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Miss C. Griff (either Cleone Griff or Clayton Griff), a pseudonym used by Cleone de Heveningham Benest
1915 Cleone Benest, under the name of Miss C. Griff, set up business as a consultant engineer, offering expert advice on automobile, electrical, and mechanical engineering, despite having little engineering background. Her garage workshop for lady motorists, behind 48 Dover Street, Mayfair, did mechanical repairs, and gave courses in motor mechanics and factory practice for women supervisors in munitions factories. Her friend, the Hon. Gabrielle Borthwick, had a similar establishment nearby.
1915 Advertisement. 'Motor Mechanism Course. (Elementary and Advanced). Miss C. Griff, Consulting Engineer, Expert advice on Electrical, Mechanical and Automobile Engineering. 48. DOVER ST., PICCADILLY. W. Telephone— Gerrard 184.
She contributed an article on ‘Engineering’ to the Englishwoman’s Year Book for 1915, in which she observed that "owing to the ever increasing use of machinery in this the twentieth century, there is an equally growing need and place in the professions for the woman engineer".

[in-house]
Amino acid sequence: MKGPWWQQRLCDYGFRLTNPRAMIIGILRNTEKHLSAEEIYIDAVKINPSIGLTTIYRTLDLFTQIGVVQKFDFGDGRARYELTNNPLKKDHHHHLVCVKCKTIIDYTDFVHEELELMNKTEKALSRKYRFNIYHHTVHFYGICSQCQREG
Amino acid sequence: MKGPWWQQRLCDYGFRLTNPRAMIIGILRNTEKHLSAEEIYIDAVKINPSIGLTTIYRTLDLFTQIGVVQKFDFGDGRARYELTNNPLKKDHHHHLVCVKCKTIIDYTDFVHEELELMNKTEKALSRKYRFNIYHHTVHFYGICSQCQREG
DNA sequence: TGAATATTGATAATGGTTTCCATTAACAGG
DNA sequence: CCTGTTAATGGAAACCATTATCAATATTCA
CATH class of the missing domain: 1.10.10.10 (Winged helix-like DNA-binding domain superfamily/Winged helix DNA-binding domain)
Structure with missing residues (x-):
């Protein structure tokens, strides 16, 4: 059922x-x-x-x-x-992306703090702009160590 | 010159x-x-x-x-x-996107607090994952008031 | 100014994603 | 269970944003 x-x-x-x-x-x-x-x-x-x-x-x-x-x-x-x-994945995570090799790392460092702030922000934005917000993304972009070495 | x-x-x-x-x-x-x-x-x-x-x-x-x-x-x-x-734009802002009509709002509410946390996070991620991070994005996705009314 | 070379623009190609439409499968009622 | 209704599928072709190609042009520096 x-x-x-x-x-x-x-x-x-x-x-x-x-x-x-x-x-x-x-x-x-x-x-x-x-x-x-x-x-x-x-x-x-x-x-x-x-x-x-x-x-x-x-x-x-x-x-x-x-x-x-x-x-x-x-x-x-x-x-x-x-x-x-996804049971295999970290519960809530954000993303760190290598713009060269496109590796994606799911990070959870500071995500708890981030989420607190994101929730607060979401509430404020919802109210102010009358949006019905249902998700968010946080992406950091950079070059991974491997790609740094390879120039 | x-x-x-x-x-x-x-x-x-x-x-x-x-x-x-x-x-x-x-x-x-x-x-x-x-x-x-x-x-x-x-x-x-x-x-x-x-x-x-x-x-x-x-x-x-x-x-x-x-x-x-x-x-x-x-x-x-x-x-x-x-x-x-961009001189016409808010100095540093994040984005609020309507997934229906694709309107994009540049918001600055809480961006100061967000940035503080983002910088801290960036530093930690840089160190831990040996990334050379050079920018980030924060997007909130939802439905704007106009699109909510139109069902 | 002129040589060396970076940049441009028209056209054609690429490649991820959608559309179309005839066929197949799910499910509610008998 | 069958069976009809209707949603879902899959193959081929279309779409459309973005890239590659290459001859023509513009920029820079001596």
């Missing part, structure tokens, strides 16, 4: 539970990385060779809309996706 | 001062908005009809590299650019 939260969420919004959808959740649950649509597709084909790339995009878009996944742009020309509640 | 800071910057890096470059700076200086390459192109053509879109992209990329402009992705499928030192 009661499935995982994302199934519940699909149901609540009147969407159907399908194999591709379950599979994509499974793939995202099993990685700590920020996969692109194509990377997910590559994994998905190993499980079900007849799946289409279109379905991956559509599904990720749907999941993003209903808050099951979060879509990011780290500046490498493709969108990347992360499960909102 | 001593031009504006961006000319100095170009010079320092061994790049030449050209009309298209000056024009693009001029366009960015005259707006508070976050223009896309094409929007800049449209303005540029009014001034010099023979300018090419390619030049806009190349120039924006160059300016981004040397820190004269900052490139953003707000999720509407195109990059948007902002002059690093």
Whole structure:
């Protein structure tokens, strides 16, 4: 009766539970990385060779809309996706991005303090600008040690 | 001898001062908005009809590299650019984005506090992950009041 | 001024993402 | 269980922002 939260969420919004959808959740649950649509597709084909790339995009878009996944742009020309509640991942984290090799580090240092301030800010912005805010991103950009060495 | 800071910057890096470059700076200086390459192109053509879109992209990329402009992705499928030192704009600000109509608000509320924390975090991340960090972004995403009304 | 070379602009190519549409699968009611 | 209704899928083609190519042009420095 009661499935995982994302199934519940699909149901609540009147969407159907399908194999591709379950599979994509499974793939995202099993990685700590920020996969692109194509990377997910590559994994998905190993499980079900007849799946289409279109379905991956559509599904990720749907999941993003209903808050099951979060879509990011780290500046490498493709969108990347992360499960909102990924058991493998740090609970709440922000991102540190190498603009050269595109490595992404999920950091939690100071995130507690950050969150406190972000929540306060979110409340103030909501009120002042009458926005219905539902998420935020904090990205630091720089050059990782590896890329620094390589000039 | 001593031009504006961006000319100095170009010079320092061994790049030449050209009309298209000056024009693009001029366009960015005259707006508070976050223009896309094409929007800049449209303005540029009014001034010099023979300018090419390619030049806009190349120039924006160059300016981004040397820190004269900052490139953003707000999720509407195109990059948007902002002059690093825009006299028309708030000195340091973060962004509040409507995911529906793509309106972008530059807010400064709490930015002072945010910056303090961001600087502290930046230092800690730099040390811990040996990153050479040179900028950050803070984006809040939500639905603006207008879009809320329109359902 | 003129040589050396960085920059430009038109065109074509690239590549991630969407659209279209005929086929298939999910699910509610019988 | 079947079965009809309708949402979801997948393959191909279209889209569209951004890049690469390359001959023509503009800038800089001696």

1920 Griff’s increasing engineering and metallurgical expertise led to her election to the Birmingham Metallurgical Society
1920 Griff joined the Women's Engineering Society
1922 she established the Stainless and Non-Corrosive Metals Co Limited, at 14 Weaman Street, Birmingham, assisted by former foundry manager, Miss C. Davis. Other directors were the Hon. Gabrielle Borthwick and Lady Gertrude Crawford. The company made small, cast ornamental items, railway fittings, lamp reflectors, and tin openers, using Griff’s own stainless steel colouring method. This enterprise, managed by and employing women, attracted worldwide press coverage, but was not a financial success and was wound up in 1925.
1922 Became chair of the WES Committee. She also used this description when speaking at a conference in 1924. She was active in the society until 1928, organizing the Birmingham branch from her home in the Four Oaks suburb of Birmingham.
1923-7 She regularly wrote for the Woman Engineer on motoring and aviation.
1924 She gave a paper on stainless steel at the 1924 British Empire Exhibition Conference of Engineering Societies.
1926 Read a paper on stainless steel at the 4th annual meetings of the Women's Engineering Society
1926-7 She broadcast six "Afternoon topics" talks for housewives on the BBC, covering various aspects of engineering and the use of electricity in the home.
1928 Left the WES without explanation and seems not to have used the name Griff again. Her sudden departure may have been to allow her to go back to Ryde to look after her widowed mother, who died in 1930 leaving almost no money.